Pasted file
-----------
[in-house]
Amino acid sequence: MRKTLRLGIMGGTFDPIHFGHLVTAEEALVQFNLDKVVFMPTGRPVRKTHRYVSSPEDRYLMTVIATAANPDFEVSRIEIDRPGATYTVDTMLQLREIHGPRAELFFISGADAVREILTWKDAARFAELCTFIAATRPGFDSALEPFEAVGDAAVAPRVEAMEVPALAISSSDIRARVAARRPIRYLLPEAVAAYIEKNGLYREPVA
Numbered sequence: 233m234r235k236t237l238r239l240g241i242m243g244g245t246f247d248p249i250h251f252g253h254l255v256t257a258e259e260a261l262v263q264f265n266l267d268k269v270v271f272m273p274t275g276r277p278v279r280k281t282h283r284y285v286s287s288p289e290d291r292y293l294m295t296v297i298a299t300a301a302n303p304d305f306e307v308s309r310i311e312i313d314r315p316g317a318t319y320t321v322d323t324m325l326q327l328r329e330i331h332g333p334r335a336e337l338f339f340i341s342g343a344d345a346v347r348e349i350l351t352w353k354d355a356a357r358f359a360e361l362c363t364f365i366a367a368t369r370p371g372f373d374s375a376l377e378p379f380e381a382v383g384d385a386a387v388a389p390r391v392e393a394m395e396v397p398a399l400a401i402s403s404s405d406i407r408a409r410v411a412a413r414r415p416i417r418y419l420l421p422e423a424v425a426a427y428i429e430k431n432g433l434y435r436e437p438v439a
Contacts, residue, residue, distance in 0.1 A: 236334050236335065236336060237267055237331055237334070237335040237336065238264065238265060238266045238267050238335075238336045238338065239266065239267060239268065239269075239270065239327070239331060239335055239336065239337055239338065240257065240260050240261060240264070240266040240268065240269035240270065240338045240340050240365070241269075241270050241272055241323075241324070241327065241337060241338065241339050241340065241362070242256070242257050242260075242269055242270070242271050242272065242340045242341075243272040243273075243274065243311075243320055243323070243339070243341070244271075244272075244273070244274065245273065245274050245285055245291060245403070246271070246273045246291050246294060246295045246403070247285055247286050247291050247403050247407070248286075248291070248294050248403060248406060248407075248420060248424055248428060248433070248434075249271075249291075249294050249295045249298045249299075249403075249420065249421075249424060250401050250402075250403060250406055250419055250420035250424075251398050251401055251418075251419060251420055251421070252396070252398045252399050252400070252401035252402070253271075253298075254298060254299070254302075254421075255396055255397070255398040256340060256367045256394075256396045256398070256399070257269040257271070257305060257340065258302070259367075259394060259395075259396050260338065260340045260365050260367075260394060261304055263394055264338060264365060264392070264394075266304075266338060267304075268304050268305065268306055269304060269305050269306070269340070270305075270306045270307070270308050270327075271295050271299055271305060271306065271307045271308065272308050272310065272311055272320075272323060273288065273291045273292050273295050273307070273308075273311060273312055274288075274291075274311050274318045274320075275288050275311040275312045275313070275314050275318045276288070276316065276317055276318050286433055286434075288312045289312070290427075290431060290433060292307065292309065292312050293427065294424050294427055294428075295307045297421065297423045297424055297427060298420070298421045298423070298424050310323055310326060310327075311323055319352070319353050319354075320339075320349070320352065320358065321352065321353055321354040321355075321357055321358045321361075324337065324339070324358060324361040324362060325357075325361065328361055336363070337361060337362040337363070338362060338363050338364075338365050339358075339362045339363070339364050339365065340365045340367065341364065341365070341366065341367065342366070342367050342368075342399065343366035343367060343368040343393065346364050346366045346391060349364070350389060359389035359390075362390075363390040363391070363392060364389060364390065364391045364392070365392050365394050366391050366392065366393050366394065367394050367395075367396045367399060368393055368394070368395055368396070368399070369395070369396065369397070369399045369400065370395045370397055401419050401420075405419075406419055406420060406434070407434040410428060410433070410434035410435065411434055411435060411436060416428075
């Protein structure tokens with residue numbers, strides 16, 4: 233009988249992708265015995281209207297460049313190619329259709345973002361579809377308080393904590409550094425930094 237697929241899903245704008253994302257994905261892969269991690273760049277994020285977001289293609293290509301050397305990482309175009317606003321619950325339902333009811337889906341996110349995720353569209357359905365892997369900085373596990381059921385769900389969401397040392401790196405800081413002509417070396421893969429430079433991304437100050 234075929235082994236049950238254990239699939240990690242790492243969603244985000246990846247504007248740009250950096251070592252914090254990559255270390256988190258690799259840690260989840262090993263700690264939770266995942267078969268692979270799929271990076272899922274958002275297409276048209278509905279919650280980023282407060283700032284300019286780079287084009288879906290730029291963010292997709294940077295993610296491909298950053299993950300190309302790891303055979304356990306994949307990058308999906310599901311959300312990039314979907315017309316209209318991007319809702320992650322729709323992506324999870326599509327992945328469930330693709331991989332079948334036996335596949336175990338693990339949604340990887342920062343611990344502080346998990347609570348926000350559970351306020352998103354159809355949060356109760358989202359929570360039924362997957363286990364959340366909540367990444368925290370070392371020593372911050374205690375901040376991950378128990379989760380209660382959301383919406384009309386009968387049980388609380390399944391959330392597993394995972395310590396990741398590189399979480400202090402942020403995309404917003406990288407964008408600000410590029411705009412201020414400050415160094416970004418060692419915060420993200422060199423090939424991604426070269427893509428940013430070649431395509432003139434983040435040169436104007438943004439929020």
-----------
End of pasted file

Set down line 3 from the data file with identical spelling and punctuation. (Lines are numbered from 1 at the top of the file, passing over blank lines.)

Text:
Numbered sequence: 233m234r235k236t237l238r239l240g241i242m243g244g245t246f247d248p249i250h251f252g253h254l255v256t257a258e259e260a261l262v263q264f265n266l267d268k269v270v271f272m273p274t275g276r277p278v279r280k281t282h283r284y285v286s287s288p289e290d291r292y293l294m295t296v297i298a299t300a301a302n303p304d305f306e307v308s309r310i311e312i313d314r315p316g317a318t319y320t321v322d323t324m325l326q327l328r329e330i331h332g333p334r335a336e337l338f339f340i341s342g343a344d345a346v347r348e349i350l351t352w353k354d355a356a357r358f359a360e361l362c363t364f365i366a367a368t369r370p371g372f373d374s375a376l377e378p379f380e381a382v383g384d385a386a387v388a389p390r391v392e393a394m395e396v397p398a399l400a401i402s403s404s405d406i407r408a409r410v411a412a413r414r415p416i417r418y419l420l421p422e423a424v425a426a427y428i429e430k431n432g433l434y435r436e437p438v439a